I got a call from a brilliant young French entrepreneur the other day asking me about composing the board for his startup as he was closing his seed round. It seemed like every angel writing a check wanted to be on the board as well as some notable industry players. Here is what I told him: resist the pressure!
Optimize for speed
As an early stage startup, speed is probably your core KPI. Of course you need to carefully consider your strategy given that you’re acting with limited resources, but the reality is that you’re having to make important decisions ALL the time. Recruitment, product, pricing, fundraising, co-founder issues, you name it.
Having a tight group of board members allows you to convene a board at the drop of a hat and make informed decisions quickly. Aim for zero complexity in reporting, organising board meetings and making decisions. Speed will give you a decisive advantage, starting at the top.
Optimize for intimacy
In the early days of a company, having a very tight relationship with a small number of advisors will ensure that
- any advice you receive is on point and highly informed
- you can take real risks
- you can change course on the fly
The last thing you want is a mildly engaged board who doesn’t fully understand the realities of your team and business and is likely to respond to fear as soon as the going gets tough.
The ability for you as a founder to be totally transparent, including about your own fears and shortcomings, with a small group of engaged partners is key. It breeds the trust and for lack of a better work, intimacy, that you will need to thrive.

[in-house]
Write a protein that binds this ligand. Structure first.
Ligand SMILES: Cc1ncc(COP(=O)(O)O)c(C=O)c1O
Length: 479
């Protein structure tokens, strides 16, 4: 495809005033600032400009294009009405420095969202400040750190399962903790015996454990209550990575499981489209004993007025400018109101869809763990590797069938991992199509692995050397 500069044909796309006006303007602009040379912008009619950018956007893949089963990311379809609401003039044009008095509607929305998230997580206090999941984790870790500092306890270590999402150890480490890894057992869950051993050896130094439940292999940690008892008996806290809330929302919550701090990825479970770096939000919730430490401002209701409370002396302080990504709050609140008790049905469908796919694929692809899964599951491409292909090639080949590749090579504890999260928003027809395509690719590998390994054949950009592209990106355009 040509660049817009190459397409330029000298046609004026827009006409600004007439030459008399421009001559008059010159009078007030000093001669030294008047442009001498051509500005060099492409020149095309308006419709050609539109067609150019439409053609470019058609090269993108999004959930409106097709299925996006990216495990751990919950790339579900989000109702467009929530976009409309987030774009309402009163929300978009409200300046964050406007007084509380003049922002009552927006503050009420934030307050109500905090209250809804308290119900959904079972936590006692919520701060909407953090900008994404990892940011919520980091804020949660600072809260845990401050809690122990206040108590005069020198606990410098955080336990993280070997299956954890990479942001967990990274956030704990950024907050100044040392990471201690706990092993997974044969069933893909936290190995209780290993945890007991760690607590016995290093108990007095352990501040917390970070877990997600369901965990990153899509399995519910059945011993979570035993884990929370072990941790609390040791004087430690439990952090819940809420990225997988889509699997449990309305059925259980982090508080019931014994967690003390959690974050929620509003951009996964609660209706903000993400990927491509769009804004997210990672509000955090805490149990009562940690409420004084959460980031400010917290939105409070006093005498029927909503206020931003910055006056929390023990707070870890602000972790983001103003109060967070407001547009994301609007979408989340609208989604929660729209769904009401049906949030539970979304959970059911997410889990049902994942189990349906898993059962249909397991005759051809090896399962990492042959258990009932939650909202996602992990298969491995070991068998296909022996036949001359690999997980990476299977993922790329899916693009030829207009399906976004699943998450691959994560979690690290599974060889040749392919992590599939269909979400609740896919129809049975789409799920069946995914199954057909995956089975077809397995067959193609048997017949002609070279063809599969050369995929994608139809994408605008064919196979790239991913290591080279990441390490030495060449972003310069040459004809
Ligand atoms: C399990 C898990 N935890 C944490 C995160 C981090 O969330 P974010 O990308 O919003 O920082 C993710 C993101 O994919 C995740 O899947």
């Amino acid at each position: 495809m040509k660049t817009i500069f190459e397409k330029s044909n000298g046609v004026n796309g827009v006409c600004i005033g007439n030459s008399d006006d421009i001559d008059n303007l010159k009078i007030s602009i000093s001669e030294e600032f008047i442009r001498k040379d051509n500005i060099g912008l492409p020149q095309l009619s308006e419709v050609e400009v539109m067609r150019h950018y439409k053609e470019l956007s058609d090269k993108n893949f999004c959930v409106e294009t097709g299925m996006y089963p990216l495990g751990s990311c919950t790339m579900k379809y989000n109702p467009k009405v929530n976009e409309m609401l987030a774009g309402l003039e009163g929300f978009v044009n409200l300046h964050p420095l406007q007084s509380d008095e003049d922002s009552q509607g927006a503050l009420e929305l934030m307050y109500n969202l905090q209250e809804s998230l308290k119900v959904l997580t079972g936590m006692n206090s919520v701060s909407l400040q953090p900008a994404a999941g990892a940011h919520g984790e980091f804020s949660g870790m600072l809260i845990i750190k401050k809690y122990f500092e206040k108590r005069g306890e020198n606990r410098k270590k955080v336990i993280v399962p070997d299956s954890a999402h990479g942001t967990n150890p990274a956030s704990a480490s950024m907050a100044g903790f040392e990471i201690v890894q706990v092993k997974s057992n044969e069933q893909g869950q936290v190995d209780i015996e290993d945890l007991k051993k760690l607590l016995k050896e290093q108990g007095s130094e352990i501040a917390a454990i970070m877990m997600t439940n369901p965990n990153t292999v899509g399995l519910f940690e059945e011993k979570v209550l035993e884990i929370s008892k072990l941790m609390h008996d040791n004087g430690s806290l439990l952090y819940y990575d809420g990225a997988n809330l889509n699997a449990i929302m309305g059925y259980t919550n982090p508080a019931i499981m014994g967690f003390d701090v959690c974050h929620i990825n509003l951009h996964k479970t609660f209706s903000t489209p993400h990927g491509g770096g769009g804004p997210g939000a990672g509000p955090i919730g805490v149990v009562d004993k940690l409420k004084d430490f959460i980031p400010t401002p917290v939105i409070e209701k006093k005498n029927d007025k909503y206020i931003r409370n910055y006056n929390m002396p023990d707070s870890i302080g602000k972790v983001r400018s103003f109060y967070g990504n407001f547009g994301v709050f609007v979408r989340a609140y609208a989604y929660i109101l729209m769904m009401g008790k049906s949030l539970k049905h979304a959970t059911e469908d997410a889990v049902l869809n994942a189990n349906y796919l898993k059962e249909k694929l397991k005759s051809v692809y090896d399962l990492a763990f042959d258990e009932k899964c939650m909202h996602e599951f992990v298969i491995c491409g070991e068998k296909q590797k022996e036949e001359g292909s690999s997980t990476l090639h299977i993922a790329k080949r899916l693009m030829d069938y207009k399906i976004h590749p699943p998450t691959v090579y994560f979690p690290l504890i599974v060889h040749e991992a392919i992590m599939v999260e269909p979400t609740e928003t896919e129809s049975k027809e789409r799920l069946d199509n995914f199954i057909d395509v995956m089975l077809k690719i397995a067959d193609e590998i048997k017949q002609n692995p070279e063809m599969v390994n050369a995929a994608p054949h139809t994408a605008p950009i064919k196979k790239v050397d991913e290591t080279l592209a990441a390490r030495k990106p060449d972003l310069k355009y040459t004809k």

It’s easier to add than to substract
It’s easy in the early days to yield to all the well-intentioned pressure to “build a strong board”. It’s important to bear in mind though that it is much easier to add board members later on than ask an existing board member to leave … especially if your company is doing well.
France is a particularly bad offender when it comes to massive boards. No one EVER wants to leave a successful company, and incoming investors are typically so clubby that they don’t apply brute force to keep the board small.
So you will routinely find Series B companies with 7 board members. I came across a consumer finance company recently that already had 9 (nine !) board members and was looking to add two. All the names looked great on paper, but I shuddered at the thought of having to sit through marathon reporting sessions with 11 people around the table. There is a time for structured governance and large boards, but seed ain’t it. You will need an iron fist to run a board that big efficiently, and you’re most likely not ready for it !
Advice on adding board members early
If you are going to add talent to your board in the early days, here are a few recommendations:
- limit the number of investors reps hard
- make sure board members have an annual term and not an open appointment, so they need to get re-appointed every year
- Incentivise them through annual grants instead of a four-year vesting programme (0.1% to 0.25% range, depending on what they commit to)
- Have a clear discussion on what you expect, in terms of time commitment, candidate recruitment, use of network, strategy sessions etc.
- Be absolutely clear that this is not for life and that you may ask them to step down at the next round and fully expect them to honour their commitment to do so.
Complexity kills, speed matters, trust and intimacy leads to better and faster decisions. Any deviation from these core principles needs to be thought through carefully. At seed, small truly is beautiful.
In the same way tight engineering teams outperform big ones, smaller boards just tend to perform better.